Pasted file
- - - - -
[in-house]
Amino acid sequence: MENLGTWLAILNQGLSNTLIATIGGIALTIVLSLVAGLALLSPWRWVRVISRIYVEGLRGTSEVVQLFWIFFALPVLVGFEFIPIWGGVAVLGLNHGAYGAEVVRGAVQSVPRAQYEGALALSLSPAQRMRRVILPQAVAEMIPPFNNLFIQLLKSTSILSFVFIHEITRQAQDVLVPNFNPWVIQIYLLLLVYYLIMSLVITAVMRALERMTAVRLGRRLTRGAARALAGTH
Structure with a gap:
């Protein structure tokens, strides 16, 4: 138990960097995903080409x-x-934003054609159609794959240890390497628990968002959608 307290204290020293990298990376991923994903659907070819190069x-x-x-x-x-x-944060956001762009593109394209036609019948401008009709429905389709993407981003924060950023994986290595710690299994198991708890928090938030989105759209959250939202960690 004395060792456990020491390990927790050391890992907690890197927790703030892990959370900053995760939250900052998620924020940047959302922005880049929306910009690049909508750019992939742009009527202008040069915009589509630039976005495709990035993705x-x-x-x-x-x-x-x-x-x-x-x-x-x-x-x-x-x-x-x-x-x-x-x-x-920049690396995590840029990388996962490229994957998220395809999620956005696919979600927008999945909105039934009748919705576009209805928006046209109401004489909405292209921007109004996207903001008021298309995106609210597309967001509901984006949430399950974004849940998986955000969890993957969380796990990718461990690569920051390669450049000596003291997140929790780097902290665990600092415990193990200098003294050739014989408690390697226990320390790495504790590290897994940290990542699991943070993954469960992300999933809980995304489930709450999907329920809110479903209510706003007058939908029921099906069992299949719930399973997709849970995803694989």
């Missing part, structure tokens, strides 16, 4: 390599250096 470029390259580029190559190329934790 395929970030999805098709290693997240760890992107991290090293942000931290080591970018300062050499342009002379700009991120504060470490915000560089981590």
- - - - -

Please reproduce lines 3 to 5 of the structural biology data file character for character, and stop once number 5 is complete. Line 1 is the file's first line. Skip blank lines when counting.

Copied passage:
Structure with a gap:
């Protein structure tokens, strides 16, 4: 138990960097995903080409x-x-934003054609159609794959240890390497628990968002959608 307290204290020293990298990376991923994903659907070819190069x-x-x-x-x-x-944060956001762009593109394209036609019948401008009709429905389709993407981003924060950023994986290595710690299994198991708890928090938030989105759209959250939202960690 004395060792456990020491390990927790050391890992907690890197927790703030892990959370900053995760939250900052998620924020940047959302922005880049929306910009690049909508750019992939742009009527202008040069915009589509630039976005495709990035993705x-x-x-x-x-x-x-x-x-x-x-x-x-x-x-x-x-x-x-x-x-x-x-x-x-920049690396995590840029990388996962490229994957998220395809999620956005696919979600927008999945909105039934009748919705576009209805928006046209109401004489909405292209921007109004996207903001008021298309995106609210597309967001509901984006949430399950974004849940998986955000969890993957969380796990990718461990690569920051390669450049000596003291997140929790780097902290665990600092415990193990200098003294050739014989408690390697226990320390790495504790590290897994940290990542699991943070993954469960992300999933809980995304489930709450999907329920809110479903209510706003007058939908029921099906069992299949719930399973997709849970995803694989």
């Missing part, structure tokens, strides 16, 4: 390599250096 470029390259580029190559190329934790 395929970030999805098709290693997240760890992107991290090293942000931290080591970018300062050499342009002379700009991120504060470490915000560089981590």